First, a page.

This article first appeared on the Fin Law Blog.
Anyone who trades crypto assets professionally in Germany on their own account needs a BaFin permit to operate proprietary trading in many constellations. Proprietary trading can exist in four different constellations according to German supervisory law. So-called market making occurs, for example, when a company continuously offers the purchase and sale of crypto assets on regulated financial markets using its own capital at self-made prices for its own account. If a service provider opens up or facilitates access to trading with crypto assets for its customers through a trading offer in relation to crypto assets, this service may also be subject to authorization as proprietary trading.
Less common in crypto trading is the use of high-frequency algorithmic trading techniques on organized trading venues, which can also lead to the fact that a corresponding company needs approval as a proprietary trader. Finally, for the area of so-called over-the-counter trading (OTC trading), there is the proprietary trading variant of systematic internalization. It can be fulfilled if a provider often organizes and systematically conducts trade with customers for its own account to a significant extent outside an organized market or multilateral trading system. Systematic internalization also refers to financial instruments and thus, in principle, also to crypto assets. Nevertheless, it is questionable whether the systematic internalization can also be fulfilled when trading crypto assets.
Only heavyweights of OTC trading should be regulated
OTC trading is characterized precisely by the fact that it takes place outside of strictly regulated and supervised exchanges. Since there are a large number of participants here, some of whom trade financial instruments in rather small quantities, not all actors of OTC trading are worthy of supervision. The law therefore prescribes certain thresholds that must be exceeded by providers of OTC financial instruments in order to be considered a systematic internaliser. For example, whether a provider’s trading has a significant volume within the meaning of the proprietary trading status is determined either by the share of OTC trading in the provider’s total trading volume in a relevant financial instrument or by the ratio of its OTC trading to the total trading volume in a particular financial instrument in the European Union.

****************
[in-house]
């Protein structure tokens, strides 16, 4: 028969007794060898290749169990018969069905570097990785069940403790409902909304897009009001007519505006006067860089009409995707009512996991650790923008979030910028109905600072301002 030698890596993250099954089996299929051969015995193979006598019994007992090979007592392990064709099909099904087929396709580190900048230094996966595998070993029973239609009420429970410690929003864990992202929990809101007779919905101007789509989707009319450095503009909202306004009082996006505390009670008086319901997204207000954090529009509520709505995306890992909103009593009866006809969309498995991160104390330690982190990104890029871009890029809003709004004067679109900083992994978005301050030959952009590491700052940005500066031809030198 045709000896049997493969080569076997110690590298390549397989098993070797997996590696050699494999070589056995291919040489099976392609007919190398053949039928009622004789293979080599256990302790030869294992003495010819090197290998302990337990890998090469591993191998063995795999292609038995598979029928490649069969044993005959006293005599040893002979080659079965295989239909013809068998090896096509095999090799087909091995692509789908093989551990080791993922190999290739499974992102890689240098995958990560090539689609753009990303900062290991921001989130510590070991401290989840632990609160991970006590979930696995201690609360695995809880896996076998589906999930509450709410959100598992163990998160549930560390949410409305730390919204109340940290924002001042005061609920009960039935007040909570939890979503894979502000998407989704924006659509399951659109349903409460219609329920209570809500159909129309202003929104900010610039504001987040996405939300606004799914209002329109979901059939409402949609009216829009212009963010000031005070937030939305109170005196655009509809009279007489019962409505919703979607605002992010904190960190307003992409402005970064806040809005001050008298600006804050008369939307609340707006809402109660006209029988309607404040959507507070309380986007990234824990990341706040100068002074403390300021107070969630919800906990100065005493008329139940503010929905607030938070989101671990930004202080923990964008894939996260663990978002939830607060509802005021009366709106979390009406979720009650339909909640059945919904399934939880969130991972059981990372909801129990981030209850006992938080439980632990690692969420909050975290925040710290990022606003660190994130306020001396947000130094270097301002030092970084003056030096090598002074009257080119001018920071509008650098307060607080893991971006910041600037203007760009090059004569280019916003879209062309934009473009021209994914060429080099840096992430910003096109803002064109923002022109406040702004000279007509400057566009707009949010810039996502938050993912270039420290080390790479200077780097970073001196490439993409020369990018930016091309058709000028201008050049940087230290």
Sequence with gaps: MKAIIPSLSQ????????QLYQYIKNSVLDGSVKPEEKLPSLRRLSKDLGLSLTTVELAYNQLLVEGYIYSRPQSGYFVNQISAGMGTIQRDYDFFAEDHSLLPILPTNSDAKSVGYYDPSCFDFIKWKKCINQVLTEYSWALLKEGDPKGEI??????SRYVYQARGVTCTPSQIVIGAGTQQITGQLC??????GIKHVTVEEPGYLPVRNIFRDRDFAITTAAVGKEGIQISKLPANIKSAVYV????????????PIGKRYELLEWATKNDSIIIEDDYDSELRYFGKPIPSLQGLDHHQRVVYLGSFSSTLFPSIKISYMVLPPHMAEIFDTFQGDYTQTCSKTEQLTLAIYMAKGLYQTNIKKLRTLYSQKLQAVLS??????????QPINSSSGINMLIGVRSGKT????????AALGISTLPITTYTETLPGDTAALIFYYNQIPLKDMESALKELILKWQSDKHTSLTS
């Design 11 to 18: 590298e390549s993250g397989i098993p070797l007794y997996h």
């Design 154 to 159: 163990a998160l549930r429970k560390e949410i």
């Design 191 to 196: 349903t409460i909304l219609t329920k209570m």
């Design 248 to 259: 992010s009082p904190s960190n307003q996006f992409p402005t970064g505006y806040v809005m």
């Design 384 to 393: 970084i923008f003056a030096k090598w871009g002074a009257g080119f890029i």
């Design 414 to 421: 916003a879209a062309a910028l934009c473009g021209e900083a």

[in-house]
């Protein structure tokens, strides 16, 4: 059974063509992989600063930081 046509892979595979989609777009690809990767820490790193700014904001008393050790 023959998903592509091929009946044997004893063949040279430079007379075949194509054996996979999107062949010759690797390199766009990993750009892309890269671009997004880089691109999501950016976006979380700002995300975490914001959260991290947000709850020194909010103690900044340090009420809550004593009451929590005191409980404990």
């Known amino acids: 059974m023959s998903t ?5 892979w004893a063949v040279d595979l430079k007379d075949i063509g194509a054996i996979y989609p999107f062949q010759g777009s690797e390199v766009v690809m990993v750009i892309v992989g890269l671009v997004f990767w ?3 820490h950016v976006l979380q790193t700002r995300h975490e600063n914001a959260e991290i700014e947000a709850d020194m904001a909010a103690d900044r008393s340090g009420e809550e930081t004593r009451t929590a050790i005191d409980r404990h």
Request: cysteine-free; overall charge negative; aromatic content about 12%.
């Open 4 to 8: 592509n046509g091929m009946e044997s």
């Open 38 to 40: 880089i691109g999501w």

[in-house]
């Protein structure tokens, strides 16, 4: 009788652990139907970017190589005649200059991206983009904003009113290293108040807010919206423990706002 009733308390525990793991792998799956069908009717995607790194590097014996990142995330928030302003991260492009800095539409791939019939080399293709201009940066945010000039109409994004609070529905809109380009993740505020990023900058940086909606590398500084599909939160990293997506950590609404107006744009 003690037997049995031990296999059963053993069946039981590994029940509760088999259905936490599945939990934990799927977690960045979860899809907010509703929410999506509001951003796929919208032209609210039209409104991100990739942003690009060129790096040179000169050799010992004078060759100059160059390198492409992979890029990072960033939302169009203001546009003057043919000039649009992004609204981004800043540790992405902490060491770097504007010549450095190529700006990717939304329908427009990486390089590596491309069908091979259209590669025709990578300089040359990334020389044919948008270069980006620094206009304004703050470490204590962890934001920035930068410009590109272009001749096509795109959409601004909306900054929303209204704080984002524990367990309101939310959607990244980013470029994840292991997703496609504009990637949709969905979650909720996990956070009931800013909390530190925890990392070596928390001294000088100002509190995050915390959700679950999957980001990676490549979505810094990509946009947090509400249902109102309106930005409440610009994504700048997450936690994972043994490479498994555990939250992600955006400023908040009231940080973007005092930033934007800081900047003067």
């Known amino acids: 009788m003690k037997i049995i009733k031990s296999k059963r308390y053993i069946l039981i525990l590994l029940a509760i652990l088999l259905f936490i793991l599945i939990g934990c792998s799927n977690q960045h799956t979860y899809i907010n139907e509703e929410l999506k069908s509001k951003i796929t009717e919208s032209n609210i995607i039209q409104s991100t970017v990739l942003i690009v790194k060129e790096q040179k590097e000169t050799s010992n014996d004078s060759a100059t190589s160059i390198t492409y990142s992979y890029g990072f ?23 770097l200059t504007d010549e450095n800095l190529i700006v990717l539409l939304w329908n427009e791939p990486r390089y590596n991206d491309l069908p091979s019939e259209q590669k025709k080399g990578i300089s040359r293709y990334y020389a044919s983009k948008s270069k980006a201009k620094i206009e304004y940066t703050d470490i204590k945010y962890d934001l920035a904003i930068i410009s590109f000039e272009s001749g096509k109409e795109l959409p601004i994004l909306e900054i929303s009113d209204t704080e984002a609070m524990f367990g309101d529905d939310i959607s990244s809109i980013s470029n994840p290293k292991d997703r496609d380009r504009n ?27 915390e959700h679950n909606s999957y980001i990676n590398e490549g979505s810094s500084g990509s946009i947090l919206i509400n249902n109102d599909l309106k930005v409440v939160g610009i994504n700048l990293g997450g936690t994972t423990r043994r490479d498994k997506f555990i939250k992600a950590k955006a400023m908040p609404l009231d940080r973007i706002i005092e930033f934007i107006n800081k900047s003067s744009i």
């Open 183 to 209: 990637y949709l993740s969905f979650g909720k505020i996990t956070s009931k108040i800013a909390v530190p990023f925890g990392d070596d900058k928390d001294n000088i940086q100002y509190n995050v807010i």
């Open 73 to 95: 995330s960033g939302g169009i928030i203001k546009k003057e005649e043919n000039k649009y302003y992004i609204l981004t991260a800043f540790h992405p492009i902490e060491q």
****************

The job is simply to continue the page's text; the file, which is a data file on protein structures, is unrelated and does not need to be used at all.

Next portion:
This hurdle can also be overcome with OTC trading with crypto values from providers. However, the law also stipulates that systematic internalisation can only be fulfilled if the upper limits for frequent systemic trading and significant trading volume set out in Articles 12 to 17 of EU Regulation No. 2017/565 on organisational requirements for investment firms have been exceeded. However, the EU regulation does not know the concept of crypto value, which is regulated only at the national level, and sets limits only for the categories of financial instruments recognized under the European MiFID regulation. On the other hand, there are no regulations on crypto values in the regulation. The prerequisite established by German supervisory law that the upper limits according to EU Regulation No. 2017/565 must be exceeded cannot therefore be met in the case of trading in crypto assets.
Can there be a systematic internalization with crypto values that requires a permit?
The absence of caps on OTC trading in crypto assets in EU Regulation No. 2017/565 could be cited as an argument that the fact of systematic internalization in the sense of German supervisory law cannot be met in this area. However, it could also be argued that the requirement of exceeding the upper limits of the EU regulation in the case of crypto assets must be eliminated, because there are no relevant regulations. In the latter case, however, the scope of the terms of frequent systemic trading and the significant scope of trading in OTC trading of crypto assets would not be delimitable at all.
In view of this legal uncertainty, an interpretation decision by BaFin would be necessary and helpful. It is true that most of the providers for whom the question becomes relevant will operate their own trading as a service for others anyway and will therefore be subject to permission. Nevertheless, a regulatory classification as a systematic internaliser would be associated with further regulatory obligations for the company concerned, which is why a generally valid clarification of the legal question would be welcome. In order to avoid legal uncertainties, those affected may voluntarily submit to the rules for systematic internalizers and submit a corresponding application for admission to BaFin.